Abortion law in Thailand is governed by the provisions of Sections 301-305 of the Thai Penal Code of 13 November 1956. Under the Code, the performance of abortions is generally prohibited. A woman who causes her own abortion or allows any other person to procure her abortion is subject to up to three years’ imprisonment and/or payment of a fine not exceeding 6,000 baht. A person who procures an abortion for a woman with her consent is subject to up to five years’ imprisonment and/or payment of a fine not exceeding 10,000 baht. If this act causes grievous bodily harm to the woman, the penalty is increased to up to seven years’ imprisonment and/or payment of a fine not exceeding 14,000 baht; and if the act causes the woman’s death, the penalty is increased to up to ten years’ imprisonment and payment of a fine not exceeding 20,000 baht. A person who procures an abortion for a woman without her consent is subject to up to seven years’ imprisonment and/or payment of a fine not exceeding 14,000 baht. If the act causes grievous bodily harm, the penalty is increased to one to ten years’ imprisonment and payment of a fine of 2,000 to 20,000 baht. If the act causes the death of the woman, the penalty is increased to five to twenty years’ imprisonment and payment of a fine of 10,000 to 40,000 baht.
Nonetheless, the performance of an abortion is legal under the Code if carried out by a medical practitioner and (a) the abortion is necessary for the sake of the woman’s health or (b) the woman is pregnant as a result of a criminal offence.
In practice, the law is not rigorously enforced. The prevalence of illegal abortion has been widely documented, particularly in the rural areas of the country. One estimate suggests that, in the late 1970s, at least 300,000 illegal abortions were performed in rural Thailand. Most illegal abortions are performed by non-medical personnel, such as self-trained practitioners, within the first trimester of pregnancy. Whereas abortions can be obtained in urban hospitals using vacuum curretage, the most frequently used procedure in rural areas is traditional massage abortion, followed by uterine injections. Some studies have shown that for a majority of women in rural areas, the stated reason for obtaining an abortion was to limit family size. A significant proportion of women also expressed the need for child spacing.
Although maternal mortality in Thailand has been considerably reduced over the past two decades, wide disparities remain between urban and rural areas with regard to maternal and child health care. Because the increasing number of illegal abortions are performed under unsanitary conditions by unqualified practitioners, hospitalization for complications from illegal abortion has been rising in many hospitals in Thailand. One study conducted in 1981 found that in Ramathibodi Hospital at Bangkok, one fourth of maternal deaths were due to complications from induced abortions improperly performed outside the hospital. In another study conducted in 1979 on the health consequences of induced abortion in north-eastern Thailand, the abortion rate in the rural province of Chayapoom was estimated to be as high as 107 per 1,000 women of reproductive age (15-49); the same study estimated a complication rate of about 25 per cent. An increasing trend has also been observed for adolescent pregnancies and abortions in Thailand. A 1982 study indicated that more than 25 per cent of the women that received abortions were aged 15-20 years.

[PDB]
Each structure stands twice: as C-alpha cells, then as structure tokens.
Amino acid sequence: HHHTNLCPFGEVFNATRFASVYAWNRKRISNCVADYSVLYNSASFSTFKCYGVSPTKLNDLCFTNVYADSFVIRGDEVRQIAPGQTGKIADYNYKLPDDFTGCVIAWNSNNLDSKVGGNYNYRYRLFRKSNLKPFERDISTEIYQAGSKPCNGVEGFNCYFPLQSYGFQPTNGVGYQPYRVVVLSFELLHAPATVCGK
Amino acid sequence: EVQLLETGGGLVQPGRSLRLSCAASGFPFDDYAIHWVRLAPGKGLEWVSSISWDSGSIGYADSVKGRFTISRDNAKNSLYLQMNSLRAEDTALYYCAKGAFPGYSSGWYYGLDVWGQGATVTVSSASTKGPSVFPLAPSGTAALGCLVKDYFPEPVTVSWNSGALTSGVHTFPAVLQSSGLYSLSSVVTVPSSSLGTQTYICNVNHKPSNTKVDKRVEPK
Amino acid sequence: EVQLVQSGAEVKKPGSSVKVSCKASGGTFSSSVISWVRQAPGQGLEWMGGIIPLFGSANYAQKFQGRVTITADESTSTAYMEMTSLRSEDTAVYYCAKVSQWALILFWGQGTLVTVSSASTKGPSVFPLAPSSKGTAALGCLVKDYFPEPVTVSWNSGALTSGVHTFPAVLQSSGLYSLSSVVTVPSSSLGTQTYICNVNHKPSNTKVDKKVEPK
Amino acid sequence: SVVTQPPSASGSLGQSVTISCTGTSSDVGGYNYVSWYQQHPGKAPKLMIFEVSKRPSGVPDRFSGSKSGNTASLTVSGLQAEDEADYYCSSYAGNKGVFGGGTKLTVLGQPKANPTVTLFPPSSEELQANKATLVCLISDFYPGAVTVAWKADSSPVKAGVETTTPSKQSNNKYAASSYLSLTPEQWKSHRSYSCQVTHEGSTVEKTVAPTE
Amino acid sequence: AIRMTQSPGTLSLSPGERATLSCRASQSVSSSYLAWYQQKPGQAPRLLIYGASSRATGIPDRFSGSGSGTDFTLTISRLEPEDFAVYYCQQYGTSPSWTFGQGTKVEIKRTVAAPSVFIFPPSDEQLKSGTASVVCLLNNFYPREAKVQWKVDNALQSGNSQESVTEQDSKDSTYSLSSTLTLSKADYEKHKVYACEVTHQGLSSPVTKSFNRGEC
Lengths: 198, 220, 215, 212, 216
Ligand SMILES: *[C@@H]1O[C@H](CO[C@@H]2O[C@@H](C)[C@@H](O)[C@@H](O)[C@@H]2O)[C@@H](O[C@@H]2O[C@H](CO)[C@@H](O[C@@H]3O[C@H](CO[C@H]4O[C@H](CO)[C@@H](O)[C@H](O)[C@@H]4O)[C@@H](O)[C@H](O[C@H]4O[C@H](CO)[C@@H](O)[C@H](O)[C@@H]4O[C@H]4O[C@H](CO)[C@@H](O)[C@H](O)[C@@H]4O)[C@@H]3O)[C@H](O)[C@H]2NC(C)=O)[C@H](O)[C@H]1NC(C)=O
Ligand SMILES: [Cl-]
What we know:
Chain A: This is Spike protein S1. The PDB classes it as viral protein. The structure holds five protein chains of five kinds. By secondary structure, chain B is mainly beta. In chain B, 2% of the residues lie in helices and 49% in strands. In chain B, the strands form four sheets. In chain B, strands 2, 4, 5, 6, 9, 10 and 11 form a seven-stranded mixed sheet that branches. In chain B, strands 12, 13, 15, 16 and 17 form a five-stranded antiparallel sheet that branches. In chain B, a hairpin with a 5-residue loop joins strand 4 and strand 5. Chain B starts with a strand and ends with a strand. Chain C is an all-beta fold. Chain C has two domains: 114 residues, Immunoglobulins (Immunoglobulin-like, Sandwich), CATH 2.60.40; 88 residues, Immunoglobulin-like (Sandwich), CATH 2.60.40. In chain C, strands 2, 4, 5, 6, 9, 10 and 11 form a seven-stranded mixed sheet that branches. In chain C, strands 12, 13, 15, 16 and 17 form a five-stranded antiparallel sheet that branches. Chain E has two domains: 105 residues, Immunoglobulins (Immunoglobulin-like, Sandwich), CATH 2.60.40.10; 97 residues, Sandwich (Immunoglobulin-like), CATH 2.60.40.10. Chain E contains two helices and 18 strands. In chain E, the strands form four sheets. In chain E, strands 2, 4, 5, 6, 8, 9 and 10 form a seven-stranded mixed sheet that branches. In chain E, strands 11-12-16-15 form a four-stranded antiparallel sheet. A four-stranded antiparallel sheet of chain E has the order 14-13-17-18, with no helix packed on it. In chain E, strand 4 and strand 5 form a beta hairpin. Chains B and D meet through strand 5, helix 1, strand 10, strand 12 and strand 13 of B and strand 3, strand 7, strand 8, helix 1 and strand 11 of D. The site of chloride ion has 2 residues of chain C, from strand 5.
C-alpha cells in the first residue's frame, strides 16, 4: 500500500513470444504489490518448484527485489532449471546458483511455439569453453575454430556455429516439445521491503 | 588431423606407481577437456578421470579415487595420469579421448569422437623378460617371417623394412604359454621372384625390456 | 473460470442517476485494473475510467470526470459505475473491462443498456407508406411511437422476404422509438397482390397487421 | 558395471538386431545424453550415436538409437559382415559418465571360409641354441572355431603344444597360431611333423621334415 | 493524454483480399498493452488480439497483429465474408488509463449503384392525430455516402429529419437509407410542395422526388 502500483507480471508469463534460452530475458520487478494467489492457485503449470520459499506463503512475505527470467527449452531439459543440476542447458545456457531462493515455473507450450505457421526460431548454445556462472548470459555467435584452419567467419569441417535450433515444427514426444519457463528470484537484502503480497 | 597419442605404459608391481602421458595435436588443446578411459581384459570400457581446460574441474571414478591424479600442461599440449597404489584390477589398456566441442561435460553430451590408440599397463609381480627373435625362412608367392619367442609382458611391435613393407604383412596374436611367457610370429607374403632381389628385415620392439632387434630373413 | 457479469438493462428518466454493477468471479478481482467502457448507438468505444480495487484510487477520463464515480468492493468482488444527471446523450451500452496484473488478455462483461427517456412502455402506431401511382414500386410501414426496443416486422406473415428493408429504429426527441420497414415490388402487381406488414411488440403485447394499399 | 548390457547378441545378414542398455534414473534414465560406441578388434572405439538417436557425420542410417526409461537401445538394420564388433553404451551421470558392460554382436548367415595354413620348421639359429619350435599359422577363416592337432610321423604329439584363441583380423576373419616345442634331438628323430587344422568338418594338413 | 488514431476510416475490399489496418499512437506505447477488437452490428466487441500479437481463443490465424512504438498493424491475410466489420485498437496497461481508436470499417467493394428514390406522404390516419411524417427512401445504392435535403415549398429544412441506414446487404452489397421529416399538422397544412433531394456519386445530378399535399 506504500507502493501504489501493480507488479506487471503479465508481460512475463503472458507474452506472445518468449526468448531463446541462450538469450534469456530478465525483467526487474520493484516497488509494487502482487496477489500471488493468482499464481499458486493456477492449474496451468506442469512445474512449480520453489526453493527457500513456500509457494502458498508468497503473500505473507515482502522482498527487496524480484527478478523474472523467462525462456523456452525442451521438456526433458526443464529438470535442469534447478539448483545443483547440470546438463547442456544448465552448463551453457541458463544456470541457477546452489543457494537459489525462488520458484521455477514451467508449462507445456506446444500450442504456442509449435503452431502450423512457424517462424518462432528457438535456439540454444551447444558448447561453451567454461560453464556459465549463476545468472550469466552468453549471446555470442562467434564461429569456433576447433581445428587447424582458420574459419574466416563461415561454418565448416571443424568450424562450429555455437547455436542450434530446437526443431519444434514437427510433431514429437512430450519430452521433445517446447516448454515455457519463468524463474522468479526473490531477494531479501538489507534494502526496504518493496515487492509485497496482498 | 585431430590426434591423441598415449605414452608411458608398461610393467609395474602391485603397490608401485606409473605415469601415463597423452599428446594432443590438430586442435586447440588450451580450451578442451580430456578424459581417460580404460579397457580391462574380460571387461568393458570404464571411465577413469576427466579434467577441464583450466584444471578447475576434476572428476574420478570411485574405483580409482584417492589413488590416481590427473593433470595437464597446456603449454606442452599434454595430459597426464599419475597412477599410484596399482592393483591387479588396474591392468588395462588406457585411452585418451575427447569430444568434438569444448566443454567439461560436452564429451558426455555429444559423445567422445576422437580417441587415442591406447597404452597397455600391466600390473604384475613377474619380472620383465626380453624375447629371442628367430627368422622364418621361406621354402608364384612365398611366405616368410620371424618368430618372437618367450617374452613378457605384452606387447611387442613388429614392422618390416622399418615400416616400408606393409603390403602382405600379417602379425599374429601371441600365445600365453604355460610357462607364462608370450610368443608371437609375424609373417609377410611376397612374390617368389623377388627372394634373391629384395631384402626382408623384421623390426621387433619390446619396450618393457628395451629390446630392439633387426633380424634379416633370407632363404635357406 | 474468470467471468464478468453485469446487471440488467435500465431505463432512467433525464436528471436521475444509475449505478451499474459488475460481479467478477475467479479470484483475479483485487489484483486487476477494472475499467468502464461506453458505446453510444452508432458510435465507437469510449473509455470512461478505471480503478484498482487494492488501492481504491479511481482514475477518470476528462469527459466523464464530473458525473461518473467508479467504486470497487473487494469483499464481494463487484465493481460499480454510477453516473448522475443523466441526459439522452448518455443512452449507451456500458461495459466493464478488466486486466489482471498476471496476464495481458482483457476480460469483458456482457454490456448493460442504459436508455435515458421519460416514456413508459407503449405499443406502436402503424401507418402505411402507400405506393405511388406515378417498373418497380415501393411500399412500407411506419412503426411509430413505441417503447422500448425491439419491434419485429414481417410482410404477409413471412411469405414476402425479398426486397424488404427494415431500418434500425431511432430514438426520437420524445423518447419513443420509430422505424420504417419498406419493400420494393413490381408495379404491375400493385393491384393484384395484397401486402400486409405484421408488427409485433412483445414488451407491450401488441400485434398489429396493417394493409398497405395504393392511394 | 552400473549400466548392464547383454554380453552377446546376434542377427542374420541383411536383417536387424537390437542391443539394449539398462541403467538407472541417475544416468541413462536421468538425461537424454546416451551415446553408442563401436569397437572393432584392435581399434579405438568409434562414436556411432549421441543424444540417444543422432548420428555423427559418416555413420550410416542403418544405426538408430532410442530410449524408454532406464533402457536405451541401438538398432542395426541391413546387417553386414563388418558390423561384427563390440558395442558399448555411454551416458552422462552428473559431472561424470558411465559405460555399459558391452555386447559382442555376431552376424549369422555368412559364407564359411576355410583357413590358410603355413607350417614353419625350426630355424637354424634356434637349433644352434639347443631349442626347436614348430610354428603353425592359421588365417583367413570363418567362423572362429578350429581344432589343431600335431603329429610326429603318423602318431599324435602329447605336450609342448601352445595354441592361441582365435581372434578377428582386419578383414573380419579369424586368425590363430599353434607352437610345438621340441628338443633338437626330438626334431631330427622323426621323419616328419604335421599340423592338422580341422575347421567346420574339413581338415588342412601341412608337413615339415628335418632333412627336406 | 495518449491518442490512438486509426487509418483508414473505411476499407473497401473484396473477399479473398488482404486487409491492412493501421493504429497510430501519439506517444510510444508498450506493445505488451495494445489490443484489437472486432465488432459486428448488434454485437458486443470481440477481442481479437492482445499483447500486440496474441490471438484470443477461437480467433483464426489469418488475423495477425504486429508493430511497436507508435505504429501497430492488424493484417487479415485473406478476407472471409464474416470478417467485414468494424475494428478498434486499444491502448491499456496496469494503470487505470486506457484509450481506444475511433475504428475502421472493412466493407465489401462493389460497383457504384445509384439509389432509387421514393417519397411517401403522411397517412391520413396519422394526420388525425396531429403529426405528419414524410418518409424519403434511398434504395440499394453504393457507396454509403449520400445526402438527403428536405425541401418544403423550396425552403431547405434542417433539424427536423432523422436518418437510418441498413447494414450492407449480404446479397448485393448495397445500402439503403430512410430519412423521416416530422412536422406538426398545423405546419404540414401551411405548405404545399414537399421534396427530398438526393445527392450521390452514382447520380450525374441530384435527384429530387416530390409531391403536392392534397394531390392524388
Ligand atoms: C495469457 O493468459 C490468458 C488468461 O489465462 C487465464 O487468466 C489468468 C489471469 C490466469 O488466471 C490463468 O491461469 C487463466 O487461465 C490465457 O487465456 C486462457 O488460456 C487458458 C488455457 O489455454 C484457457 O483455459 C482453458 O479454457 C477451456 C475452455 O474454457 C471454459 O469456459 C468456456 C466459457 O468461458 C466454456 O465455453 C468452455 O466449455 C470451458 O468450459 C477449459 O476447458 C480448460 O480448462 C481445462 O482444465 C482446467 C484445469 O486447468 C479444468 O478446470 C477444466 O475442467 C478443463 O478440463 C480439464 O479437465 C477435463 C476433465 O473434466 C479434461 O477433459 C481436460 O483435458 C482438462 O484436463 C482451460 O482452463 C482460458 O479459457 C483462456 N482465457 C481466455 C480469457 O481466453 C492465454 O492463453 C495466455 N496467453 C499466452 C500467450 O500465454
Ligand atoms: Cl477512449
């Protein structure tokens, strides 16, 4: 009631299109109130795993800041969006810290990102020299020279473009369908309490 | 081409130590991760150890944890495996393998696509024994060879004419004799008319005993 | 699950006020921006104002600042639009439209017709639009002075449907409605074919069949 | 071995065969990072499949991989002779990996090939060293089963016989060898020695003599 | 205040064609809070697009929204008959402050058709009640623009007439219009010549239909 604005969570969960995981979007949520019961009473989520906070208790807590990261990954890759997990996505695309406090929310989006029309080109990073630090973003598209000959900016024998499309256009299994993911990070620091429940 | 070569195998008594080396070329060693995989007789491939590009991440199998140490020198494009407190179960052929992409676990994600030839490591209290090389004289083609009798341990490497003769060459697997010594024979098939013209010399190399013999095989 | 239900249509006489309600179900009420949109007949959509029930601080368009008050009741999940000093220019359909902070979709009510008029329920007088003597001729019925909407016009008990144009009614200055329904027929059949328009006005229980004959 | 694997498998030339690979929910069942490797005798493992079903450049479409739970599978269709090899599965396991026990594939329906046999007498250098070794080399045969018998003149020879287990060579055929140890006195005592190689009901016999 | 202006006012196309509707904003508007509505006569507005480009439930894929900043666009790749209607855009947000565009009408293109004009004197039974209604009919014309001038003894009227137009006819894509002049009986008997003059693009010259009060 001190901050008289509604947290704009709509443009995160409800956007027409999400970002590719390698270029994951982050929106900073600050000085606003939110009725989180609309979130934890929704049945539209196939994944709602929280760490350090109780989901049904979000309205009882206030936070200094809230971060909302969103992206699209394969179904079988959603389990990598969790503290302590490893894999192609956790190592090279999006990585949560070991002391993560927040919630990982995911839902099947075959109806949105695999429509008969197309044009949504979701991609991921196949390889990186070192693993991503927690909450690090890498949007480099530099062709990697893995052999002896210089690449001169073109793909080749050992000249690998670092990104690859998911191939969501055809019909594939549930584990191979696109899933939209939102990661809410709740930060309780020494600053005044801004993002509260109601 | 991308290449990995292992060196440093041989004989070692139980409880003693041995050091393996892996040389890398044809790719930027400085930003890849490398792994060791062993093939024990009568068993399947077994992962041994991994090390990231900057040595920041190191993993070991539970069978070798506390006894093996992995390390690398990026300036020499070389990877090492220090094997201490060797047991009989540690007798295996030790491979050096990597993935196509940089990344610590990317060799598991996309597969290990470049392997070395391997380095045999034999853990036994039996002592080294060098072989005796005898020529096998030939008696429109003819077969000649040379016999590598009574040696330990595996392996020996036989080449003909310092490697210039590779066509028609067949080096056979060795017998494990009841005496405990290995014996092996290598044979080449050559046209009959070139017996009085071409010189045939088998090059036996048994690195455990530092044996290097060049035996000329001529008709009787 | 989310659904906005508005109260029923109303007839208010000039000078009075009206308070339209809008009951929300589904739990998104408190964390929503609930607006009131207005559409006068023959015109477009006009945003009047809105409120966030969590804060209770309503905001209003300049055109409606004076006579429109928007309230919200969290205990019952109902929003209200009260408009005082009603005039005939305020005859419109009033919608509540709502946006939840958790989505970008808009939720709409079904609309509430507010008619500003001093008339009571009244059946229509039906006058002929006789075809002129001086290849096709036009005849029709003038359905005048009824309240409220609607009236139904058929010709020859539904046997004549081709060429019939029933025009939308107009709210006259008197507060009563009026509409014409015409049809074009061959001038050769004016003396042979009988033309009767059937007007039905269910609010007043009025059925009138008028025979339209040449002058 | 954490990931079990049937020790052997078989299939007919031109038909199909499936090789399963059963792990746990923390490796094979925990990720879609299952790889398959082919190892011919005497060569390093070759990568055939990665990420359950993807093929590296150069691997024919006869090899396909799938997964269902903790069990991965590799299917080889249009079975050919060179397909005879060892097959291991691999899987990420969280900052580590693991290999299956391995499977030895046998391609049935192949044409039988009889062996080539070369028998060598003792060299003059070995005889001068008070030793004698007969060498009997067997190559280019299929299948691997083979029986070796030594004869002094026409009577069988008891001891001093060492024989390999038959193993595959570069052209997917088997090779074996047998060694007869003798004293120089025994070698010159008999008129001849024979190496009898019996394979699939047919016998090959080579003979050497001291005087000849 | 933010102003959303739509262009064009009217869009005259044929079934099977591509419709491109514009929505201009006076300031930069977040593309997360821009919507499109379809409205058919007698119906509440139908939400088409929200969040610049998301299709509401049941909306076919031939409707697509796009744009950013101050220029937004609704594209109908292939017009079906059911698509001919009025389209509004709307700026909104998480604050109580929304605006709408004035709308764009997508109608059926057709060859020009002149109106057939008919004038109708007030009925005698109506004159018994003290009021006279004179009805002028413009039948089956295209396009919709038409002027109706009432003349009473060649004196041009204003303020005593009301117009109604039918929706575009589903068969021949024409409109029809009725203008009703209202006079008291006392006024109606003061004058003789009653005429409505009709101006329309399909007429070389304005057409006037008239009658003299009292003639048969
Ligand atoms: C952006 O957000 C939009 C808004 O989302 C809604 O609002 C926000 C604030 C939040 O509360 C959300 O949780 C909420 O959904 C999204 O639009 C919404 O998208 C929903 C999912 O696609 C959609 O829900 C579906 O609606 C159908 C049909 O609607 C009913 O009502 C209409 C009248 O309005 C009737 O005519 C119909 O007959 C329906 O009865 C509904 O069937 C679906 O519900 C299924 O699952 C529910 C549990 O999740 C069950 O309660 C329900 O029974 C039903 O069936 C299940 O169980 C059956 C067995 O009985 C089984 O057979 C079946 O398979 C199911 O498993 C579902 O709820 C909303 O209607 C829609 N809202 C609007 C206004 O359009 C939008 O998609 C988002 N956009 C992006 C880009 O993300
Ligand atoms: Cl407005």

Since the 1960s, the Government of Thailand has sponsored an active and effective integrated national family planning programme. The service network of the Thai Family Planning Programme has tried to provide complete, accessible family planning services free of charge. The modern contracteptive pravelence rate is high, estimated in 1993 at 72 per cent. Consequently, fertility has fallen dramatically in Thailand, in
both urban and rural areas from 6.4 children per woman in 1965 to 2.6 by 1990 and 1.7 by 2000. The population growth rate is currently 0.9 per cent (2000). Despite the ready availability of contraceptives, however, several studies have shown that a significant proportion of abortion patients were not practising any method of contraception prior to the most recent abortion. In addition, changes in social and sexual lifestyles and the challenges of migration have translated into an increase in unwanted pregnancies, unsafe abortions, HIV/AIDS and sexually-transmitted diseases. The Government has attempted to direct family planning programmes increasingly towards the poor and uneducated in order to ensure access to contraceptive services by these high-risk groups.